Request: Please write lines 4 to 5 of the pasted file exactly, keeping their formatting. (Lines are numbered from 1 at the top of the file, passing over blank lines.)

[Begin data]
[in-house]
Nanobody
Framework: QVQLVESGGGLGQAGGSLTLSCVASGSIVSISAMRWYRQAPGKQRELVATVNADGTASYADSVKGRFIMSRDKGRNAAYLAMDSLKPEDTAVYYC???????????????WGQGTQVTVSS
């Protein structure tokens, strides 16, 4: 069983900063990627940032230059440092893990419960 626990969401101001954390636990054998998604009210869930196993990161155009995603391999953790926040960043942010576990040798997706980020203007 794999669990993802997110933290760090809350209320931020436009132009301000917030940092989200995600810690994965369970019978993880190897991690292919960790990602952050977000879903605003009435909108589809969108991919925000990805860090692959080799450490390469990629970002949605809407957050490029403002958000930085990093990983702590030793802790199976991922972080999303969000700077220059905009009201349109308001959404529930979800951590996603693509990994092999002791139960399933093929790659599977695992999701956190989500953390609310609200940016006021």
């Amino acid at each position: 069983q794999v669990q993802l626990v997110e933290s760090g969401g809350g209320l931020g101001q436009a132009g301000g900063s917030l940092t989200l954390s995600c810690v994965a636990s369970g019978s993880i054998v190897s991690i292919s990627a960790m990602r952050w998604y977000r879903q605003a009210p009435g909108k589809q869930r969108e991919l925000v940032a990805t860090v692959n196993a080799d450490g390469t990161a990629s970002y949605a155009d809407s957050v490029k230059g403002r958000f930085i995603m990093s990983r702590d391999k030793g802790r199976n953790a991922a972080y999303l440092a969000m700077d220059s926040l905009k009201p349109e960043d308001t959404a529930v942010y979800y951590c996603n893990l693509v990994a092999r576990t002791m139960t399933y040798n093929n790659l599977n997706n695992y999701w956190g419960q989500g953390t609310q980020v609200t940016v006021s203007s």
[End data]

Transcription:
């Protein structure tokens, strides 16, 4: 069983900063990627940032230059440092893990419960 626990969401101001954390636990054998998604009210869930196993990161155009995603391999953790926040960043942010576990040798997706980020203007 794999669990993802997110933290760090809350209320931020436009132009301000917030940092989200995600810690994965369970019978993880190897991690292919960790990602952050977000879903605003009435909108589809969108991919925000990805860090692959080799450490390469990629970002949605809407957050490029403002958000930085990093990983702590030793802790199976991922972080999303969000700077220059905009009201349109308001959404529930979800951590996603693509990994092999002791139960399933093929790659599977695992999701956190989500953390609310609200940016006021």
């Amino acid at each position: 069983q794999v669990q993802l626990v997110e933290s760090g969401g809350g209320l931020g101001q436009a132009g301000g900063s917030l940092t989200l954390s995600c810690v994965a636990s369970g019978s993880i054998v190897s991690i292919s990627a960790m990602r952050w998604y977000r879903q605003a009210p009435g909108k589809q869930r969108e991919l925000v940032a990805t860090v692959n196993a080799d450490g390469t990161a990629s970002y949605a155009d809407s957050v490029k230059g403002r958000f930085i995603m990093s990983r702590d391999k030793g802790r199976n953790a991922a972080y999303l440092a969000m700077d220059s926040l905009k009201p349109e960043d308001t959404a529930v942010y979800y951590c996603n893990l693509v990994a092999r576990t002791m139960t399933y040798n093929n790659l599977n997706n695992y999701w956190g419960q989500g953390t609310q980020v609200t940016v006021s203007s």